Brinkerhoff’s Success Case Method (SCM) focuses on qualitative analysis and crafting stories from discussions with a small number (i.e. about two to six) of affected parties. But this model is not restricted to learning, as it can be used to analyze any major business change, such as the purchase of new equipment or implementation of a new process.
What is the Brinkerhoff model?
While some learning programs are resounding successes, and others are total flops—most of the time, they fall somewhere in the middle. Regardless of your overall training program's success, there will always be a few outliers: those learners who performed or scored exceptionally well and those for whom the program did not work.
Brinkerhoff’s Success Case Method (SCM) involves identifying the most and least successful cases within your learning program and studying them in detail. By comparing the successes to the failures, you learn what to change to ensure success in future endeavors. Based on what you learn, you can also write and publicize success stories to show the value of your program.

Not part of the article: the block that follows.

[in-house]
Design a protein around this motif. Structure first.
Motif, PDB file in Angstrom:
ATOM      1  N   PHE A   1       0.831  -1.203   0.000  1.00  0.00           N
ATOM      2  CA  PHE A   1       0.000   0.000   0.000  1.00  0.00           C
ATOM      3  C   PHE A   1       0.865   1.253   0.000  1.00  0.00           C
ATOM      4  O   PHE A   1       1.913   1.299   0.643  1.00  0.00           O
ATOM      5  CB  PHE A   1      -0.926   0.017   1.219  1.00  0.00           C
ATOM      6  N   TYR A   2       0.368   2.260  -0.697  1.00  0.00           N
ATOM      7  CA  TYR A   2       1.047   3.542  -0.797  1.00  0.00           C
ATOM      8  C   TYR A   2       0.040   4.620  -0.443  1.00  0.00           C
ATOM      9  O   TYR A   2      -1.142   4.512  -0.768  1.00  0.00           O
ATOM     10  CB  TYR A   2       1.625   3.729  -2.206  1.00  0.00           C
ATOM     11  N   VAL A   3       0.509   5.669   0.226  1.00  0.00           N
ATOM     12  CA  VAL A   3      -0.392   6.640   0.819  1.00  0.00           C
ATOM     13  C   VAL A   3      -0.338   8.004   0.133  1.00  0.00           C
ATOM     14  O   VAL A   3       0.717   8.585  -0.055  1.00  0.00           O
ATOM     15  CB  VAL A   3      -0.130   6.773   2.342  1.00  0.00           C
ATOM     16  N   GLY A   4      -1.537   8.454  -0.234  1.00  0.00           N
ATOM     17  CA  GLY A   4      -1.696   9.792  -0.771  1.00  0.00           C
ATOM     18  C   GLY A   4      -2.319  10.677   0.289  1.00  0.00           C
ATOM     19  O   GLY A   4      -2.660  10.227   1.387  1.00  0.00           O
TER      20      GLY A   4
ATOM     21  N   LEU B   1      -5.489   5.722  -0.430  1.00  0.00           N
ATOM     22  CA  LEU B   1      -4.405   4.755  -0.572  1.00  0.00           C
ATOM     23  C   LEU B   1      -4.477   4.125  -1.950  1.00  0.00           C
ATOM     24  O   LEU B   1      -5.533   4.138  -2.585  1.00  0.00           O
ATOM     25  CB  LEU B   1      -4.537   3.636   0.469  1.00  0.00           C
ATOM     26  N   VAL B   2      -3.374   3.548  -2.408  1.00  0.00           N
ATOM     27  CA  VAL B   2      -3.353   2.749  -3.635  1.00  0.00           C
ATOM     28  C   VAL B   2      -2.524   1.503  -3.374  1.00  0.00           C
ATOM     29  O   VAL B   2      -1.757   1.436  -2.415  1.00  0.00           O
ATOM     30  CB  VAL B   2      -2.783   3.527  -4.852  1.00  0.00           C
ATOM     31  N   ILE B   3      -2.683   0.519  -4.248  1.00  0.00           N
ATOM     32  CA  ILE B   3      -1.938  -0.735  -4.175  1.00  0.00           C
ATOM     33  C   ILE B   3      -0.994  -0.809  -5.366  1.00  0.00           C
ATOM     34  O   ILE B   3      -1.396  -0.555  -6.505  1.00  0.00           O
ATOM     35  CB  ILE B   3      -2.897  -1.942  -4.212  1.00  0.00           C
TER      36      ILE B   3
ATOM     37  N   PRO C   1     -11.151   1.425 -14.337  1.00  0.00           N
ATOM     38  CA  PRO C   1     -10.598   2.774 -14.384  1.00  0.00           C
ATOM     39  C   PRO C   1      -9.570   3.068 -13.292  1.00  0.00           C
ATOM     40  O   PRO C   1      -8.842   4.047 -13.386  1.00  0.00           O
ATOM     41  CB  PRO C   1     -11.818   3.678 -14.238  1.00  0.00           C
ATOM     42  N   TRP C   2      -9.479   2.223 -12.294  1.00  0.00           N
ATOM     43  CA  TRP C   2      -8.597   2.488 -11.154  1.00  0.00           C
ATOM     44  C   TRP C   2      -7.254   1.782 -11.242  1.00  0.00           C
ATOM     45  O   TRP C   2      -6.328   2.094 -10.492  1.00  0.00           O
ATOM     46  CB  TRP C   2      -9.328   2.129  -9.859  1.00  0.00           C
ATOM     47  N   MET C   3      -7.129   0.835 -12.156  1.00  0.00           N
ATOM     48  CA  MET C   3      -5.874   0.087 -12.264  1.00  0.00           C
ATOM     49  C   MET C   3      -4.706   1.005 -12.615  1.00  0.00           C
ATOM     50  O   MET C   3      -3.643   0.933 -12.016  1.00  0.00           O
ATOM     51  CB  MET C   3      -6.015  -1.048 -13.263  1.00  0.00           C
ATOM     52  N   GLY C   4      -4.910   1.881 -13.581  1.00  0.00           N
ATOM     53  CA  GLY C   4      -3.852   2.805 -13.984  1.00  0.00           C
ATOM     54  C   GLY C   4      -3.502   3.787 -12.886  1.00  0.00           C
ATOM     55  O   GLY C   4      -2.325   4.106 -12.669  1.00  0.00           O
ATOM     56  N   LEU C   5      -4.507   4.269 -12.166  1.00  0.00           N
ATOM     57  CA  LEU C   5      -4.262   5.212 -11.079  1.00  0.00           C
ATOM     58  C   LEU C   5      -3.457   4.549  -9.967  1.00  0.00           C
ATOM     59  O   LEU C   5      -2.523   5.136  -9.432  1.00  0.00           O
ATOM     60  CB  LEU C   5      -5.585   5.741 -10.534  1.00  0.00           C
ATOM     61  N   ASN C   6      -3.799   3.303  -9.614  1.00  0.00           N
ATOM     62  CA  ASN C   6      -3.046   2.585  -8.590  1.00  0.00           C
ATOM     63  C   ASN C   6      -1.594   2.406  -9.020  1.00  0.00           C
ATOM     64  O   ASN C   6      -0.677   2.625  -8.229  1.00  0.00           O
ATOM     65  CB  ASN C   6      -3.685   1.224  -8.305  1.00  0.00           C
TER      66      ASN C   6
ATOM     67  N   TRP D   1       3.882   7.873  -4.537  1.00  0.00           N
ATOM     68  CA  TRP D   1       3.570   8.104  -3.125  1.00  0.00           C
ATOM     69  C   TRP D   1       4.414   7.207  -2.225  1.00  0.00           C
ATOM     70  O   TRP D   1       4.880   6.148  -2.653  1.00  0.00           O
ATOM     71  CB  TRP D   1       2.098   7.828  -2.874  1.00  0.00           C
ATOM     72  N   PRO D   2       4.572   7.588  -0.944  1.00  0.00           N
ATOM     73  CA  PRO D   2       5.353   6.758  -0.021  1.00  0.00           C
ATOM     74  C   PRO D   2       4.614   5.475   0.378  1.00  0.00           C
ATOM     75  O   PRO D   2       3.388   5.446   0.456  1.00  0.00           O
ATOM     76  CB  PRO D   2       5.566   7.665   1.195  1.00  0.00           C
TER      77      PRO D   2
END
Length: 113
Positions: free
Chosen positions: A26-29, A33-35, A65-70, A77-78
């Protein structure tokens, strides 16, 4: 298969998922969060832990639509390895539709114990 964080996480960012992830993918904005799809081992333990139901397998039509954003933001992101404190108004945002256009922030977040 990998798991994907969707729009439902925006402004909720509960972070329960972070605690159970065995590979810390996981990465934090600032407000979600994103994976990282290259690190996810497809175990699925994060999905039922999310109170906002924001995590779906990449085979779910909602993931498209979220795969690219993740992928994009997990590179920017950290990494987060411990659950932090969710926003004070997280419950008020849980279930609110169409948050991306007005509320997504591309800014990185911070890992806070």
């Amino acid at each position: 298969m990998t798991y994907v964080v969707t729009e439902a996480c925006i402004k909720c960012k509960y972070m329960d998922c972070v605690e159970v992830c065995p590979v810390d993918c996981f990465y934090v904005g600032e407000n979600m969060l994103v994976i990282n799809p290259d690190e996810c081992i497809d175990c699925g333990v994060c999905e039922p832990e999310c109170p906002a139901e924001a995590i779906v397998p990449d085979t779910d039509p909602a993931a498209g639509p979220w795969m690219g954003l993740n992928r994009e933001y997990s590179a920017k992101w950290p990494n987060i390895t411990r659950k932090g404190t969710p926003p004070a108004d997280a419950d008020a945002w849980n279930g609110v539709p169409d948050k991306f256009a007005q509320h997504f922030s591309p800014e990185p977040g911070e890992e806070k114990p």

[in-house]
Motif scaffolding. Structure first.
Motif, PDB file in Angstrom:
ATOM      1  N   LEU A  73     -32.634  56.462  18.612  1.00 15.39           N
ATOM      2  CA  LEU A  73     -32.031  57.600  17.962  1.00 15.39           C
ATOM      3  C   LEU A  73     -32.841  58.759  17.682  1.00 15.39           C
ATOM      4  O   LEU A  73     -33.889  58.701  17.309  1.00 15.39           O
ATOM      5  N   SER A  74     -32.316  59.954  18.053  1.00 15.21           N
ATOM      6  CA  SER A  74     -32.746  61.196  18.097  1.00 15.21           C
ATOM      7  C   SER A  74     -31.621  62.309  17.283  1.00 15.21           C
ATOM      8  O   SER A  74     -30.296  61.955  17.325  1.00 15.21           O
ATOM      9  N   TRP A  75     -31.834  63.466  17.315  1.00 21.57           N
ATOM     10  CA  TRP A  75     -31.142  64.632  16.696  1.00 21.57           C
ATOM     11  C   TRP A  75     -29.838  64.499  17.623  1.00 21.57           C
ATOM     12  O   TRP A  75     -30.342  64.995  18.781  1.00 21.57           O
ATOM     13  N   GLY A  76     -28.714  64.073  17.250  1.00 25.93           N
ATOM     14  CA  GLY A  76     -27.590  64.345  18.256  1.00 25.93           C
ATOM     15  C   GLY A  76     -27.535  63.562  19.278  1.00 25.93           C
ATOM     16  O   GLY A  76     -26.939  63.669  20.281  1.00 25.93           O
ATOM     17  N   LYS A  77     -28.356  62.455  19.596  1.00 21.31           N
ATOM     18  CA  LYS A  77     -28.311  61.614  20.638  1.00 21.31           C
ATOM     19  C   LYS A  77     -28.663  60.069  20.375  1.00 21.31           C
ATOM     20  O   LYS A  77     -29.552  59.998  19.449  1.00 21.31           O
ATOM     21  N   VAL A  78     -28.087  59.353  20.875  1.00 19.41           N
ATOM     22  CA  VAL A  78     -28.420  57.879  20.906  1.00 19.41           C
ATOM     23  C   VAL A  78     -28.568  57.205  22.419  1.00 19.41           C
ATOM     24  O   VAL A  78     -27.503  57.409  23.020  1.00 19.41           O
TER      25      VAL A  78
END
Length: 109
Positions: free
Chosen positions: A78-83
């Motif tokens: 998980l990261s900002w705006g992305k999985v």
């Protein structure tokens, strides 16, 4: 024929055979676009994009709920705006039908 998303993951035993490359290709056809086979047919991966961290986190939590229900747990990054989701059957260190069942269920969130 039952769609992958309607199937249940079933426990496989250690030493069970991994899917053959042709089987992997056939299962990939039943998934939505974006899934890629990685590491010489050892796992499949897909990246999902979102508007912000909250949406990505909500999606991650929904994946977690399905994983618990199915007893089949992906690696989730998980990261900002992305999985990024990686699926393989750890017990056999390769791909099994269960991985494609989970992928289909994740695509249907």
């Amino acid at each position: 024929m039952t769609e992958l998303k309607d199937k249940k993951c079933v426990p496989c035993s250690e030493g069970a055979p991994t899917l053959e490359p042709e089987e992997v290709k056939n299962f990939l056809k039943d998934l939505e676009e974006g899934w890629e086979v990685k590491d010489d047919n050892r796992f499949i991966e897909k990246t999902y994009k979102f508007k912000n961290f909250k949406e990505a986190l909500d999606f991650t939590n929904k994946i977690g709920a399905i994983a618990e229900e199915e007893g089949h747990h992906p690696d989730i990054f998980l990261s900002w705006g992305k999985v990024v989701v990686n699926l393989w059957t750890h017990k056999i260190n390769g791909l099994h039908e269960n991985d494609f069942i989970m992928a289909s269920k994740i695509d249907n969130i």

To Brinkerhoff or not to Brinkerhoff?
Remember, Brinkerhoff's Success Case Model is not designed to help judge the overall
success of an initiative. Rather, it's to help you learn from the most and least successful cases. We’re not sure if Brinkerhoff would agree, but we recommend using
his method alongside other learning evaluation methods to paint a full picture. When it comes to particularly important or innovative programs, however, the Success Case Model will help you dig deeper, learn lessons, and shout about successes.
Where can I find out more about learning evaluation?
If you want to learn more about Brinkerhoff's Method of learning evaluation, download our full eBook now. And don't forget to visit our online resource center for even more digital guides and books, learning strategy worksheets, and recorded webinars, just to name a few.